electric fan

Feb 20, 2002
Coeur d’Alene, Idaho
For all you who have installed and electric radiator fan onto your 2F engine;

1)What do you recommend to set the thermostat at to activate the fan.
2)Do you allow the fan to run after turning the engine off or do you power the relay through the key switch?
3)Have you wired the relay directly to the AC so that the fan is always on when AC is on?

Nov 15, 2002
Well, the first part of your post sorta counts me out but I figured you might be interested anyway... I installed an electric fan from a Ford Taurus in my '67 Mustang. It works great! Much better for traffic jams than a belt driven fan.

I bought a thermostat switch for about $25 that you can adjust. What I did was open the radiator cap when it was cold and started the car. Once I saw the fluid was running through the system, I waited about 20 seconds and adjusted the switch so it would just turn on. That way, when I'm driving along the highway air is rushing through the radiator, the fan doesn't turn on. It only comes on while the car is going very slow or sitting still.

I hooked mine directly to the battery with a 30 amp inline fuse. It works well but does turn off and on for 5-8 minutes after turning the car off. This works well for me so I always come back to cool fluid but would not work for those concerned about every ounce of battery juice.
Feb 25, 2002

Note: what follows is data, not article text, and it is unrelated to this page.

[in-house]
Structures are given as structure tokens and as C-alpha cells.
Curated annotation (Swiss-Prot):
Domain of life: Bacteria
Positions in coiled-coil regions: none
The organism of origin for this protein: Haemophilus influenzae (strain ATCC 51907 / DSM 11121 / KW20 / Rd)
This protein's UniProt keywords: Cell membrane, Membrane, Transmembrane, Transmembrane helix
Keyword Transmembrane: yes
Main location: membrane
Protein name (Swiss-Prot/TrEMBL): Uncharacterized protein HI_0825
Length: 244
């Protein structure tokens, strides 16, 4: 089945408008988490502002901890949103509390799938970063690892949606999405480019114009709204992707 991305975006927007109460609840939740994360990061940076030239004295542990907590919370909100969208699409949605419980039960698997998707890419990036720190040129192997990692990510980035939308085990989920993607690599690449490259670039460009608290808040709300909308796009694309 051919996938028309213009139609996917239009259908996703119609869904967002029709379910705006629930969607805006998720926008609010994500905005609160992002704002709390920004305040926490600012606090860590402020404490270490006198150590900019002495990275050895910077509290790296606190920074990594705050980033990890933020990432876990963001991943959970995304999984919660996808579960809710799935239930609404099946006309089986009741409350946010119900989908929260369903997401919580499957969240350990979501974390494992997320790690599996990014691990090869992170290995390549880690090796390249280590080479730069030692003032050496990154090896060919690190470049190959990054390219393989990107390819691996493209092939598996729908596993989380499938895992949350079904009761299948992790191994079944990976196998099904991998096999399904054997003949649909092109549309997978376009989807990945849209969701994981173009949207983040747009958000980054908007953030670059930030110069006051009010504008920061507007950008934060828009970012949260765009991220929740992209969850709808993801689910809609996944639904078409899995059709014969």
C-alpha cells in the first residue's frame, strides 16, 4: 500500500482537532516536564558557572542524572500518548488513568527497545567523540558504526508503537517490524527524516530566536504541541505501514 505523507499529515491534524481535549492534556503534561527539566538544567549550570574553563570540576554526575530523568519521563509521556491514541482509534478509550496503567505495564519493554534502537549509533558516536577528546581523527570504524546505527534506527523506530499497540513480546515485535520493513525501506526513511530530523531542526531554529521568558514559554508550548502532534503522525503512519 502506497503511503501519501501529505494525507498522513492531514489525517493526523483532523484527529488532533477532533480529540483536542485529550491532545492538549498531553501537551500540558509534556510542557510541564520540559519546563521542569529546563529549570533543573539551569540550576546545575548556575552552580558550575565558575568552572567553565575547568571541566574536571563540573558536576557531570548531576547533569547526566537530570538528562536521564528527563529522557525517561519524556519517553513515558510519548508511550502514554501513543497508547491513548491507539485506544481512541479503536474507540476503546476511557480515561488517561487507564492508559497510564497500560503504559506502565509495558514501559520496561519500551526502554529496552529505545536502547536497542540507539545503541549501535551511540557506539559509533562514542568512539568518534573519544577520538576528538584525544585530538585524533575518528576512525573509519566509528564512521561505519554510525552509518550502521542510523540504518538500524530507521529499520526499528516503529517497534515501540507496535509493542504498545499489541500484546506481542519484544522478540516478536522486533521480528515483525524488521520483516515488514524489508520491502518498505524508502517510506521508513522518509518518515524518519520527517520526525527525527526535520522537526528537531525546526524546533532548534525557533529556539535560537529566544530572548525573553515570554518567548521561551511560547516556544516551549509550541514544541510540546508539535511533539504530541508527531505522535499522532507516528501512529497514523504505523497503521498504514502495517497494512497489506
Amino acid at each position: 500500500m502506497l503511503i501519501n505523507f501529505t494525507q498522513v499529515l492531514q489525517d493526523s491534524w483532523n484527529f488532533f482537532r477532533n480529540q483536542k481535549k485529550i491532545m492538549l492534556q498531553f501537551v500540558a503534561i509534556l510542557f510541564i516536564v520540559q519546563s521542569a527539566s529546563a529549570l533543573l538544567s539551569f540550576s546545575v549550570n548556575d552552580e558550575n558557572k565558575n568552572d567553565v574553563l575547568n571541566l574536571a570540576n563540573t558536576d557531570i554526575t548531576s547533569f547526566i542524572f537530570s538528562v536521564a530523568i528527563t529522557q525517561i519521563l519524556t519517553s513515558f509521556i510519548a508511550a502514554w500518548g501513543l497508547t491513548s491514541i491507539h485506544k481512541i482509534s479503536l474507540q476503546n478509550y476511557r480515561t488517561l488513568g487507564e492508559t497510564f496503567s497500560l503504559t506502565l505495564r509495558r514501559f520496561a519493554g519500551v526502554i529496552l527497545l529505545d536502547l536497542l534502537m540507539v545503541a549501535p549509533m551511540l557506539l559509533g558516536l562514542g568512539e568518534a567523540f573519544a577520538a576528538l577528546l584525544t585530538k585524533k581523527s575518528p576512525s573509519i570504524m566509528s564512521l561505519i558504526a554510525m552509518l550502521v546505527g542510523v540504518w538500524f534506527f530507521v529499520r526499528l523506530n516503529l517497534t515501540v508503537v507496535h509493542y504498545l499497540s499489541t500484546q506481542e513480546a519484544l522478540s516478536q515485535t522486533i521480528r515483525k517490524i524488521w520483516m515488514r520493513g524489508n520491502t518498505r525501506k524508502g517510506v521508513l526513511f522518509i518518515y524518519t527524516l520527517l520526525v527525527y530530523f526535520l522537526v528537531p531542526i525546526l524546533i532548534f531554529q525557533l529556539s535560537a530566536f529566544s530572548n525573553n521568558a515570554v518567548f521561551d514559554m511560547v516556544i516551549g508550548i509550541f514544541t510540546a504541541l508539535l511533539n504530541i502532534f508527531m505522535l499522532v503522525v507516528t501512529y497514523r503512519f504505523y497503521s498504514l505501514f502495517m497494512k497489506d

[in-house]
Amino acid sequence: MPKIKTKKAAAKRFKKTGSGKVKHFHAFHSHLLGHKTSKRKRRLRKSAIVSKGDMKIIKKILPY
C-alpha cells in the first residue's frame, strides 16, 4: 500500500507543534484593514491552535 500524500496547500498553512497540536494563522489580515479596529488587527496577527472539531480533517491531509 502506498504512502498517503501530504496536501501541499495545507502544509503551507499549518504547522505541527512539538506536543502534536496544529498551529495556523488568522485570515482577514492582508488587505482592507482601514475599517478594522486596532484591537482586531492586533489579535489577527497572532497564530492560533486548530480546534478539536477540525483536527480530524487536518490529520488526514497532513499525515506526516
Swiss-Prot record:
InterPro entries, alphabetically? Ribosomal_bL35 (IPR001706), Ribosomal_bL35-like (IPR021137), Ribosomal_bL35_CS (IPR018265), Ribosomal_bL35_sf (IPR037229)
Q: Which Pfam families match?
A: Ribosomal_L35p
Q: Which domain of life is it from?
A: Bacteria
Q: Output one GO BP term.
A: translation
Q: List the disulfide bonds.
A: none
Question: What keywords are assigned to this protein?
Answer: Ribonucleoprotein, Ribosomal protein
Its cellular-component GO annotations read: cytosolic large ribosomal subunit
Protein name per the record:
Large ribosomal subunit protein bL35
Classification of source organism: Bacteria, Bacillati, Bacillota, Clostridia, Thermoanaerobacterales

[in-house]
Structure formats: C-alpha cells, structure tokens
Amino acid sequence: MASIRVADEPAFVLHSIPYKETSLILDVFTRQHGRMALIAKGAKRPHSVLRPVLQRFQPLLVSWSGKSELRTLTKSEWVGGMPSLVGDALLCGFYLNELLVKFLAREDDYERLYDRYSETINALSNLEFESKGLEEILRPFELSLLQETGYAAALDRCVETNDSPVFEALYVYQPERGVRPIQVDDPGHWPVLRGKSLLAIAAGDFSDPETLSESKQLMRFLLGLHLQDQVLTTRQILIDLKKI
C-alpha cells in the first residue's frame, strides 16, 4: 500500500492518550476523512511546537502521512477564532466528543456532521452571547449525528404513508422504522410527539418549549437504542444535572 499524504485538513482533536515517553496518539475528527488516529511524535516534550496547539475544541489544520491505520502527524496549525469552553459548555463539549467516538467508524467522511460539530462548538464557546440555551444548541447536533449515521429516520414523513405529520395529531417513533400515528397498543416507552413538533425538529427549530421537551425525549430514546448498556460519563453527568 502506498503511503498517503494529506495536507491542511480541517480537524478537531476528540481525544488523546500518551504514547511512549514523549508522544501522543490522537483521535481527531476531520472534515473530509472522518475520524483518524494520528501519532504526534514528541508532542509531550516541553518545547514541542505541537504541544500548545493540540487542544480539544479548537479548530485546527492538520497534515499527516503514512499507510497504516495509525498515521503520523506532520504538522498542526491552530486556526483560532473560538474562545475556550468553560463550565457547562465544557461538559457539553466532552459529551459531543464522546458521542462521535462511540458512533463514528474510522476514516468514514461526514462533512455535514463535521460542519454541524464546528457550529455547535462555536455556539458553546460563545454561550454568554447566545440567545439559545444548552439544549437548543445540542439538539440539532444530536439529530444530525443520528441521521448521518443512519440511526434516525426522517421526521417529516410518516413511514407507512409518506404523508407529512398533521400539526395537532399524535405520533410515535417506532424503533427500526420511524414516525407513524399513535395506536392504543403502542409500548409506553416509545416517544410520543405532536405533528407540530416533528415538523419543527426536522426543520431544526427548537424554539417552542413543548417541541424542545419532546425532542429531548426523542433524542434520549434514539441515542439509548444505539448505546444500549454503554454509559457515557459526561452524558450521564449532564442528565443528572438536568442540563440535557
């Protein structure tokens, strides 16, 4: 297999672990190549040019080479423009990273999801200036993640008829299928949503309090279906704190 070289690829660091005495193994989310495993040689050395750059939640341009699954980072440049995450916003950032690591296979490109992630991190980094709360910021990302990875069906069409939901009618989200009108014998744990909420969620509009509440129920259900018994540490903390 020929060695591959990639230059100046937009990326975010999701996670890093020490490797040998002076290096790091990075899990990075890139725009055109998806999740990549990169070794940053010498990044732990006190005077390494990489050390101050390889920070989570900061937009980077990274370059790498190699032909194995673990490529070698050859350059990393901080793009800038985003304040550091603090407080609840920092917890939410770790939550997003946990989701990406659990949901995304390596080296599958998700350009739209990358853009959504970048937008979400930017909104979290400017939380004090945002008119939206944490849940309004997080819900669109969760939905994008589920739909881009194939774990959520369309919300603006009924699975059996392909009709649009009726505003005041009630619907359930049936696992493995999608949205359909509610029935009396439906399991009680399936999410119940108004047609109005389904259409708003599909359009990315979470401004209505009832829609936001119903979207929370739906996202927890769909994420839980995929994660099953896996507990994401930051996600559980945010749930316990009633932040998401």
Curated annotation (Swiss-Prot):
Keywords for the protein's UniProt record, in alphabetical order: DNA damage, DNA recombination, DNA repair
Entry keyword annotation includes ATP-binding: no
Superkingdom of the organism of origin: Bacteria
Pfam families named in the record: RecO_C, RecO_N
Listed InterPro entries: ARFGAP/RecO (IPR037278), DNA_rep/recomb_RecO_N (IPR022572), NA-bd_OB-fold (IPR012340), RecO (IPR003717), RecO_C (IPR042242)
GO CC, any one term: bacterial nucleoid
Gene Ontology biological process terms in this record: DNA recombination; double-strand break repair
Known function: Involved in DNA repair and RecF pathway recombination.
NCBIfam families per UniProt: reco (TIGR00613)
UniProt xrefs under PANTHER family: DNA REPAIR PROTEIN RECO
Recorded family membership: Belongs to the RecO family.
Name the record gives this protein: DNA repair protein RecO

I just finished installing an electric fan in my '72 FJ40. I found that at 600-900 rpm, the solid fan did not draw enough air to effectively cool the stock F engine. In order to get enough room to put the fan in I had to move the radiator support forward 3/4". This gave me exactly 4 1/4" from the back of the radiator core to bolts on the front of the water pump. My first choice of fan was the "Black Magic". That fan needed 4 1/4" of clearance and that would not leave adequate clearance (about 1/2"-3/4") to the engine. I opted for a 16" fan from the same manufacture of the "Black Magic". I paid $149 at NAPA for the fan, and an additional $42 for the variable thermostat. NOTE: After I had paid for it I called around and found the same fan for $101 and the same thermostat for $21. :-/ I fired for the first time today and let it idle for about 15 minutes to warm up then took it for a drive. Much quieter than that solid fan and much better cooling. I waited until the temp gauge got just above the low end of the normal scale and then adjusted the fan to turn on at that temp. This will allow for the thermostat in the engine to open and begin to let the coolant to flow. As for the wiring, I ran a 12 gauge wire directly from the battery to a 20 amp fuse. From there I ran to a heavy duty (20 amp continous current) switch with a leg off to an indicator lamp. From the switch I ran 12 gauge wire up to the fan thermostat. I also ran a 14 gauge wire from the fan side of the thermostat back to the dash and wired it to an other indicator lamp. This way when I flip the switch it sends power to the thermostat and a light on the dash lights up telling me that the fan now has power. Once the engine gets up to temp and the fan kicks in, the other lamp will light up telling me that the fan is now running. If I see both lights on and the temp is still rising, I will know that something is wrong with another part of the cooling system. This may be over kill but I would rather be safe than sorry. I haven't been able to give it a real good test yet but preliminary tests prove it to work.

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